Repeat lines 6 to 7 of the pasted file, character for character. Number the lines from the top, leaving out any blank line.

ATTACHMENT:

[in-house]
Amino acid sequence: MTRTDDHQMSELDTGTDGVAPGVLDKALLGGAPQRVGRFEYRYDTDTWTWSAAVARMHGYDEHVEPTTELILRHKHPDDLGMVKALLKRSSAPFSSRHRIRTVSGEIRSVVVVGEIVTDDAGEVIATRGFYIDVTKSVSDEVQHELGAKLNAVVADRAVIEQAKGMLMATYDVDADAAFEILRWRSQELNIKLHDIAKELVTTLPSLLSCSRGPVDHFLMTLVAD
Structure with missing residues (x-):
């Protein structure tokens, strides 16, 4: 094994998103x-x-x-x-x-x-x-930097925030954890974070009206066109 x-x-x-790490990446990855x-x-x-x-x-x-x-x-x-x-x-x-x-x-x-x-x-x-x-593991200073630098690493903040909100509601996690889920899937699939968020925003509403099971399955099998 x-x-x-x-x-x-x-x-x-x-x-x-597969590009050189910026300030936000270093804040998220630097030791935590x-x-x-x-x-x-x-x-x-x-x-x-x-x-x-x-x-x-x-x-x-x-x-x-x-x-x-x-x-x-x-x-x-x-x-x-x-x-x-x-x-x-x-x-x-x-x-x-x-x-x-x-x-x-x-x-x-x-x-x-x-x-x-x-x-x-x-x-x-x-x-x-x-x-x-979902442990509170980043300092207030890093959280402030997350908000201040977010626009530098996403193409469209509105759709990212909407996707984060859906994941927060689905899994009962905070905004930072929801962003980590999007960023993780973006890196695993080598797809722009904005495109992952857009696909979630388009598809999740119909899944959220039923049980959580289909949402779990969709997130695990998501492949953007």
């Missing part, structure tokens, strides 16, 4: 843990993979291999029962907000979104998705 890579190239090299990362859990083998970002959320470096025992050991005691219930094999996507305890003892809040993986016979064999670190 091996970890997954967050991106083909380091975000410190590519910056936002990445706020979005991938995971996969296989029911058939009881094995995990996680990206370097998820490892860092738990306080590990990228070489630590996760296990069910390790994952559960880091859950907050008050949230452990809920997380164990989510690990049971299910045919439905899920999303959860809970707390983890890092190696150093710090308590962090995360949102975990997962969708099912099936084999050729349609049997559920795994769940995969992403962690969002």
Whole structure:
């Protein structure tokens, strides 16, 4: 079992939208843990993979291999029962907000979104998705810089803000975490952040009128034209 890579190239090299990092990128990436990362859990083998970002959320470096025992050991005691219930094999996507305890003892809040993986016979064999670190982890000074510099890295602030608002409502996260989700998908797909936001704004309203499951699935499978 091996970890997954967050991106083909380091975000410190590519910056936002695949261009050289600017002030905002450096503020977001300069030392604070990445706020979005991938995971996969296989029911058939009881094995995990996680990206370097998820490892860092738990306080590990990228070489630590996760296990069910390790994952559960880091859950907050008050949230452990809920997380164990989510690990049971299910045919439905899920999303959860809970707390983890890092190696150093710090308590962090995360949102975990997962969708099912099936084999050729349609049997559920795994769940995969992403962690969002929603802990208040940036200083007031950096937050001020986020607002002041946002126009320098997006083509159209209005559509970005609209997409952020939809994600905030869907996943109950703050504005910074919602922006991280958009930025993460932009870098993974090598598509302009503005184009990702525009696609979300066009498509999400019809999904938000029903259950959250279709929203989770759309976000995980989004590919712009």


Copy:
Whole structure:
């Protein structure tokens, strides 16, 4: 079992939208843990993979291999029962907000979104998705810089803000975490952040009128034209 890579190239090299990092990128990436990362859990083998970002959320470096025992050991005691219930094999996507305890003892809040993986016979064999670190982890000074510099890295602030608002409502996260989700998908797909936001704004309203499951699935499978 091996970890997954967050991106083909380091975000410190590519910056936002695949261009050289600017002030905002450096503020977001300069030392604070990445706020979005991938995971996969296989029911058939009881094995995990996680990206370097998820490892860092738990306080590990990228070489630590996760296990069910390790994952559960880091859950907050008050949230452990809920997380164990989510690990049971299910045919439905899920999303959860809970707390983890890092190696150093710090308590962090995360949102975990997962969708099912099936084999050729349609049997559920795994769940995969992403962690969002929603802990208040940036200083007031950096937050001020986020607002002041946002126009320098997006083509159209209005559509970005609209997409952020939809994600905030869907996943109950703050504005910074919602922006991280958009930025993460932009870098993974090598598509302009503005184009990702525009696609979300066009498509999400019809999904938000029903259950959250279709929203989770759309976000995980989004590919712009």